Cocreative performances in analog-digital interstices
The central field of investigation in this subproject is the relationship between physical reality and virtual space and interaction processes between spectators and musicians/performers. With the development and realization of the VR performance “Spatial Encounters” we explored the extent to which the linking of a real/physical space with a digital/immaterial space can be used as a design tool, thus enabling new spaces of experience. The aim was to explore cocreation processes in the context of artistic stagings and performance spaces, with a focus on musical experience.
A web-based XR application we developed, controlled by a local server, serves as the software foundation for the performance. Mobile VR glasses (e.g. Meta Quest 2) can access a shared virtual space via the integrated browser. This is where the live performance takes place: One or more musicians, a visual jockey as “Master of Virtual Scenography” and up to nine visitors meet in an equal dialogue. On an open space of about 150 square meters, the audience is immersed with mobile VR glasses into a virtual scenery, which is played, designed and experienced together during the following 20 minutes. The users move freely in these digital landscapes and generate visual effects and sculptures through their encounters and spatial relationships.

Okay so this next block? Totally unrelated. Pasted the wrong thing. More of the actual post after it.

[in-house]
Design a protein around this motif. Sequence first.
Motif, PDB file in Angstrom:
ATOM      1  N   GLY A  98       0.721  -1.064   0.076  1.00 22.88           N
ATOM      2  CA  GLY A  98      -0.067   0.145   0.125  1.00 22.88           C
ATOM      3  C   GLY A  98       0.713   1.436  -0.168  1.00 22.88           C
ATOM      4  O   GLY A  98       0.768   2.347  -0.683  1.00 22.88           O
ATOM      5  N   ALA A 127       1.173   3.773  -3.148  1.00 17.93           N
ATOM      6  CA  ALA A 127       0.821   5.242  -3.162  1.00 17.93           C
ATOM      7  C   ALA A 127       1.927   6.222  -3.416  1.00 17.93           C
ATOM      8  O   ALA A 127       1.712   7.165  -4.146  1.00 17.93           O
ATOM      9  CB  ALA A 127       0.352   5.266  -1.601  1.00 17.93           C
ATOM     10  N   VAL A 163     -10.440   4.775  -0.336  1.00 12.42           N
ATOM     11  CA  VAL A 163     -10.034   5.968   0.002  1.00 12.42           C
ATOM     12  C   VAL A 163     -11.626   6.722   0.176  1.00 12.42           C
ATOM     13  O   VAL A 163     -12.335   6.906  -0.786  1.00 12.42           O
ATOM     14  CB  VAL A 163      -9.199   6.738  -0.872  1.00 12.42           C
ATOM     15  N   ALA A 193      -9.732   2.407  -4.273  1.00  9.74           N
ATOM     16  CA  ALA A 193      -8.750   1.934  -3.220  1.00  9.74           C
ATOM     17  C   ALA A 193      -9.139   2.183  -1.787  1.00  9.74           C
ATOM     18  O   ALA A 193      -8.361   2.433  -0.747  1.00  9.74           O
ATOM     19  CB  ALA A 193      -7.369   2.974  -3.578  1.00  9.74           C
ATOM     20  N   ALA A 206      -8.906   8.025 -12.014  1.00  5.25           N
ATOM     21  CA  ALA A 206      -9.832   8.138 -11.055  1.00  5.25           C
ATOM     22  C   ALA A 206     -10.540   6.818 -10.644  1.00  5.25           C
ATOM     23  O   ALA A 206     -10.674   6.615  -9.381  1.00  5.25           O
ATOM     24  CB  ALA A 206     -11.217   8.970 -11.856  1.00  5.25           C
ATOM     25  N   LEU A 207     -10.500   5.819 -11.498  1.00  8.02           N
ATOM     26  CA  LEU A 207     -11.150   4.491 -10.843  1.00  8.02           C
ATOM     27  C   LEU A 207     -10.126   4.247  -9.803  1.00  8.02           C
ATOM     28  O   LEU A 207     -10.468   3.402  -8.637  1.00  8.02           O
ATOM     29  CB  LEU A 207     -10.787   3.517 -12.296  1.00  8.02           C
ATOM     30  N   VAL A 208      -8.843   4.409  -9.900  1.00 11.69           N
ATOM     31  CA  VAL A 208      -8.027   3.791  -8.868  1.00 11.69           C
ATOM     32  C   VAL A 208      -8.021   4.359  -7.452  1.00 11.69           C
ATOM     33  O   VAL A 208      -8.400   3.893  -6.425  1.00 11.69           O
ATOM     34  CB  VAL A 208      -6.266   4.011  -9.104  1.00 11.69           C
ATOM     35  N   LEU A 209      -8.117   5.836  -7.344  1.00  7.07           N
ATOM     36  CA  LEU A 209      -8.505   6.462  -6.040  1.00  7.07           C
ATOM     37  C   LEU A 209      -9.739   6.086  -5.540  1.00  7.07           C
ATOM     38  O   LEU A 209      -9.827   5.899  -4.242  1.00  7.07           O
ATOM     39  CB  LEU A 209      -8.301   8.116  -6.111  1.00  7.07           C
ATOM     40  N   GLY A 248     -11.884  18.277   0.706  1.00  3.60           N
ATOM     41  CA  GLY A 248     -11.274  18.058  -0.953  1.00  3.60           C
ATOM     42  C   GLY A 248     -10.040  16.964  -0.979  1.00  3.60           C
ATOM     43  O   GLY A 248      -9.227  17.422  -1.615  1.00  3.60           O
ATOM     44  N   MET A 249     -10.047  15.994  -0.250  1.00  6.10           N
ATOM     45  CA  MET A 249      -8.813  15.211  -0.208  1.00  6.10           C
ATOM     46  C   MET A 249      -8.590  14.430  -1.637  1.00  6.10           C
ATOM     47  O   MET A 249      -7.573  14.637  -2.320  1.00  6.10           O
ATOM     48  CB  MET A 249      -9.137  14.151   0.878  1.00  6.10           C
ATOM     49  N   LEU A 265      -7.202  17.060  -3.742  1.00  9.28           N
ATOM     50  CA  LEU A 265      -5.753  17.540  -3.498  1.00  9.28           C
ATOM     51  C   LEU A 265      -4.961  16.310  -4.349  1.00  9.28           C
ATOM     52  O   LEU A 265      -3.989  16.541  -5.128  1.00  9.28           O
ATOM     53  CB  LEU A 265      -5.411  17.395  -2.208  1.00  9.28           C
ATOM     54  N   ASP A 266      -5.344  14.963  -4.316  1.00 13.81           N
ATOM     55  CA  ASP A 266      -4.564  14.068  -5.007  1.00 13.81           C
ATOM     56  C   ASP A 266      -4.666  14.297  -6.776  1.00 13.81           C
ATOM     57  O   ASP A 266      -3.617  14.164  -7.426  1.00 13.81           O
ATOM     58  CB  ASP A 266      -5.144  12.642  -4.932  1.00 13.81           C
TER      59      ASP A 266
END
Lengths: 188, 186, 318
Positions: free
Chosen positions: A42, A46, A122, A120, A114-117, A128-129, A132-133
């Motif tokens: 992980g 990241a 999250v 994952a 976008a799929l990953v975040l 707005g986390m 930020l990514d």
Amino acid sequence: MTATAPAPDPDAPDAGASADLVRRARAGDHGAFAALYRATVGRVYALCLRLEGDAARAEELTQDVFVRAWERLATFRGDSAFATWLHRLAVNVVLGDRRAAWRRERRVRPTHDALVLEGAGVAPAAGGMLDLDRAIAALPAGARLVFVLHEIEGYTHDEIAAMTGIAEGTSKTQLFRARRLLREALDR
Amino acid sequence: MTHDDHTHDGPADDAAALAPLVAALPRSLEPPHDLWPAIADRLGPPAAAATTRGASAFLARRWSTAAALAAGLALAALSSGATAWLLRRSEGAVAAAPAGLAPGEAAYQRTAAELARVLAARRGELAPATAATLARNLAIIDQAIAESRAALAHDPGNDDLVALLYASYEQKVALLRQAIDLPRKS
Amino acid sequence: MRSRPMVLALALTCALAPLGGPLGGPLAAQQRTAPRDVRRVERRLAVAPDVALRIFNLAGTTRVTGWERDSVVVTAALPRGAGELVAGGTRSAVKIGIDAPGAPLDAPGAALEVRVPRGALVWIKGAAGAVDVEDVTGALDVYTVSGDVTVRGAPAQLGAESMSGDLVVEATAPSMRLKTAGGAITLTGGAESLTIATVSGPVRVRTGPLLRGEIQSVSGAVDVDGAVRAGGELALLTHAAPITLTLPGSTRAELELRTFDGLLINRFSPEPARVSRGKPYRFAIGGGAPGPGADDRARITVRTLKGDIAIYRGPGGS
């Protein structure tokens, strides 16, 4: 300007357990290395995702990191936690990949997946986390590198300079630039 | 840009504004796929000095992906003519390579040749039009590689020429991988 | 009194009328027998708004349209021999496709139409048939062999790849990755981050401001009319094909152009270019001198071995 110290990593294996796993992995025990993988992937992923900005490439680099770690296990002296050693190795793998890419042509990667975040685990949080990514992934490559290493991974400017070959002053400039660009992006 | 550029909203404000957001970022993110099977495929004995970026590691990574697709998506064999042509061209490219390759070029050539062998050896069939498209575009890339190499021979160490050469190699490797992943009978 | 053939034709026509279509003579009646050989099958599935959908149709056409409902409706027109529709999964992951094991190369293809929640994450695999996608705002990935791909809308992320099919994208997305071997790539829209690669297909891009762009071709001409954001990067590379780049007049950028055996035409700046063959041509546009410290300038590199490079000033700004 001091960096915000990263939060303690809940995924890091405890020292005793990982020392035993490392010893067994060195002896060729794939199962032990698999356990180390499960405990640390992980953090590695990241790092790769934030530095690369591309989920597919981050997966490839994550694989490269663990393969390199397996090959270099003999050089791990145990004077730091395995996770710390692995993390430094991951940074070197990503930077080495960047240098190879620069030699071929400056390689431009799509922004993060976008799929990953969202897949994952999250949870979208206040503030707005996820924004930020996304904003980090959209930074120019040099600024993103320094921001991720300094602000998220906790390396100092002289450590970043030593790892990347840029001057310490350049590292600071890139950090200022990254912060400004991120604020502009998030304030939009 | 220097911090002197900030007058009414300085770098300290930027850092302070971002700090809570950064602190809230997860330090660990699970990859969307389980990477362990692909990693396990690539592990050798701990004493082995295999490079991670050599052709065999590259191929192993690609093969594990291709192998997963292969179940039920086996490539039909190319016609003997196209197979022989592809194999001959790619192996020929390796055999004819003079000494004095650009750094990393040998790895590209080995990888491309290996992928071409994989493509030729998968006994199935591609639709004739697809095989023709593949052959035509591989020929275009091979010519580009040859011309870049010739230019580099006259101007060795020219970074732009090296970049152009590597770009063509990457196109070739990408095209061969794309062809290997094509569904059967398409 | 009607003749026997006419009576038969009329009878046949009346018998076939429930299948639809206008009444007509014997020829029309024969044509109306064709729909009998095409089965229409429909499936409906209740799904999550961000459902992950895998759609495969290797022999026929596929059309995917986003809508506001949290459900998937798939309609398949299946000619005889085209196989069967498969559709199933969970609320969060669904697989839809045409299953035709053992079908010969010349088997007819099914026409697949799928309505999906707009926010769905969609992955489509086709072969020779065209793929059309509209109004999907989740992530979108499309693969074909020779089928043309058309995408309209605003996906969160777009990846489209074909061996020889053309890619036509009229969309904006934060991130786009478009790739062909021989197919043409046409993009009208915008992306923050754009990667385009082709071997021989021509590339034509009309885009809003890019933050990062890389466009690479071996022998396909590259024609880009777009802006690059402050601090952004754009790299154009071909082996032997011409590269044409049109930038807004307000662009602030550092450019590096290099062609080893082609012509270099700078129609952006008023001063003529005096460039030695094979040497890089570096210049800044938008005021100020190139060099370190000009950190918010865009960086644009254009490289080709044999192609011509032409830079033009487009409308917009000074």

Open source code on Github
Link to the project
WHAT HAPPENS NEXT?
The experimental work with the developed instruments continues. These new performative forms of work can be explored in other performance contexts and with different focuses. At the beginning of 2022, for example, we held a workshop at the Master‘s programme in Stage Design and Scenic Space at the Technische Universität Berlin to explore the role that scenographs can play in this set-up. What are the potentials and limits of such a set of design rules? What influence does the design of the visual scenery have on the experience? How does one design for virtual space? The students of the Technical University of Berlin designed a series of virtual scenes that were immediately tested live on a 1:1 scale on the same day and demonstrated the strengths of this tool.
In the next step, it would be logical to further develop the tool in collaboration with other disciplines, such as dancers and choreographers, actors and puppeteers. On the musical level, an expansion is also conceivable, both into other genres such as jazz or contemporary music, but also with larger ensembles or a whole orchestra. The setting also lends itself to cultural education work with children and young people or use in the sense of community music.
These initial approaches for possible new contexts result in new requirements for the software: in our view, additional features include a simplification of the user interface, the possibility of location-independent participation via the internet, the integration of audio streams, further interaction possibilities for the audience and a spectator mode for passive visitors.